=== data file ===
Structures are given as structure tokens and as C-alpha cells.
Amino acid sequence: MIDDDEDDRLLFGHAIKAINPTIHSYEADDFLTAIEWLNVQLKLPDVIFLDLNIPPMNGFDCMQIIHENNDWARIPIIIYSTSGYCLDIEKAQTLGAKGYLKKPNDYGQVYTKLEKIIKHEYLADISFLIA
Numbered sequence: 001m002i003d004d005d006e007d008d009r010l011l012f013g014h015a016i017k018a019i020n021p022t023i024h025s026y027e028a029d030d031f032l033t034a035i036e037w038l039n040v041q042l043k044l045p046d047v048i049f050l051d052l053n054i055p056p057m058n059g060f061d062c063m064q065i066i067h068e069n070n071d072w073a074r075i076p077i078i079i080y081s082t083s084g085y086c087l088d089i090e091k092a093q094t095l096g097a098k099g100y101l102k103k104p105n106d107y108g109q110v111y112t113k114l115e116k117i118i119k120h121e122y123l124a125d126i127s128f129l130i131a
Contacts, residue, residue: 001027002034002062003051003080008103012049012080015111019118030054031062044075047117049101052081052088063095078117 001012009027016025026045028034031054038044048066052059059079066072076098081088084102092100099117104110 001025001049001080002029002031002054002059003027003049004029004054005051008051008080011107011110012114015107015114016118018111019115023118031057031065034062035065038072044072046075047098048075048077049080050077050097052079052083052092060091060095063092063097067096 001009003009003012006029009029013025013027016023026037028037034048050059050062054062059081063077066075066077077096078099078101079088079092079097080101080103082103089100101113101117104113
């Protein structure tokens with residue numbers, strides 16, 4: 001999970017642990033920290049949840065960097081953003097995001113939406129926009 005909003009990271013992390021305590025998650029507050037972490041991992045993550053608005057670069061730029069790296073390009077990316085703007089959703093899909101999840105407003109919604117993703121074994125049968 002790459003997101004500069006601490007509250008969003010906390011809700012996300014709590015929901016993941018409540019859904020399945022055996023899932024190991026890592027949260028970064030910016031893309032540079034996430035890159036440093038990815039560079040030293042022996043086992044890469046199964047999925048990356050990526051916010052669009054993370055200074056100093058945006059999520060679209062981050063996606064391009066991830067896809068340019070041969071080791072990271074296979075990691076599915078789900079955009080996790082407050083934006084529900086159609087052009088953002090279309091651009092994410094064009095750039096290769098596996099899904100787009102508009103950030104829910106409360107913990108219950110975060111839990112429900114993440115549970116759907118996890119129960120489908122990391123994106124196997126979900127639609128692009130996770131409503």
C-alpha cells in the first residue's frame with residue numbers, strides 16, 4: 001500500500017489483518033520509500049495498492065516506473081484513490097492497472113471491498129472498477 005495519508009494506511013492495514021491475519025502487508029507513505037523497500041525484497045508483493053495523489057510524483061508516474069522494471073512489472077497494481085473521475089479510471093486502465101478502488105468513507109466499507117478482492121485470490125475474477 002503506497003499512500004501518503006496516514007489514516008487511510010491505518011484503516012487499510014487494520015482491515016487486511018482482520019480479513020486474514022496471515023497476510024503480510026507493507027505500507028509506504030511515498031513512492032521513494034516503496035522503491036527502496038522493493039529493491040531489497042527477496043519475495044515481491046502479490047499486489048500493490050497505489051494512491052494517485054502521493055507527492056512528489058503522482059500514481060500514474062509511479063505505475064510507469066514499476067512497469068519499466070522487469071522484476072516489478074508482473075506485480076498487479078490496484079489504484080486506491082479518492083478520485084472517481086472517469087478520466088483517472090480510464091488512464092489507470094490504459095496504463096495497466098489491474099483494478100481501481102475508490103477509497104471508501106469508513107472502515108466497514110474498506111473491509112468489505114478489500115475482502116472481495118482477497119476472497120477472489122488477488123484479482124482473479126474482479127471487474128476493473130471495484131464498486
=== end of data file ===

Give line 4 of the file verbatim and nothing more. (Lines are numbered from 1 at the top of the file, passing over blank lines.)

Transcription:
Contacts, residue, residue: 001027002034002062003051003080008103012049012080015111019118030054031062044075047117049101052081052088063095078117 001012009027016025026045028034031054038044048066052059059079066072076098081088084102092100099117104110 001025001049001080002029002031002054002059003027003049004029004054005051008051008080011107011110012114015107015114016118018111019115023118031057031065034062035065038072044072046075047098048075048077049080050077050097052079052083052092060091060095063092063097067096 001009003009003012006029009029013025013027016023026037028037034048050059050062054062059081063077066075066077077096078099078101079088079092079097080101080103082103089100101113101117104113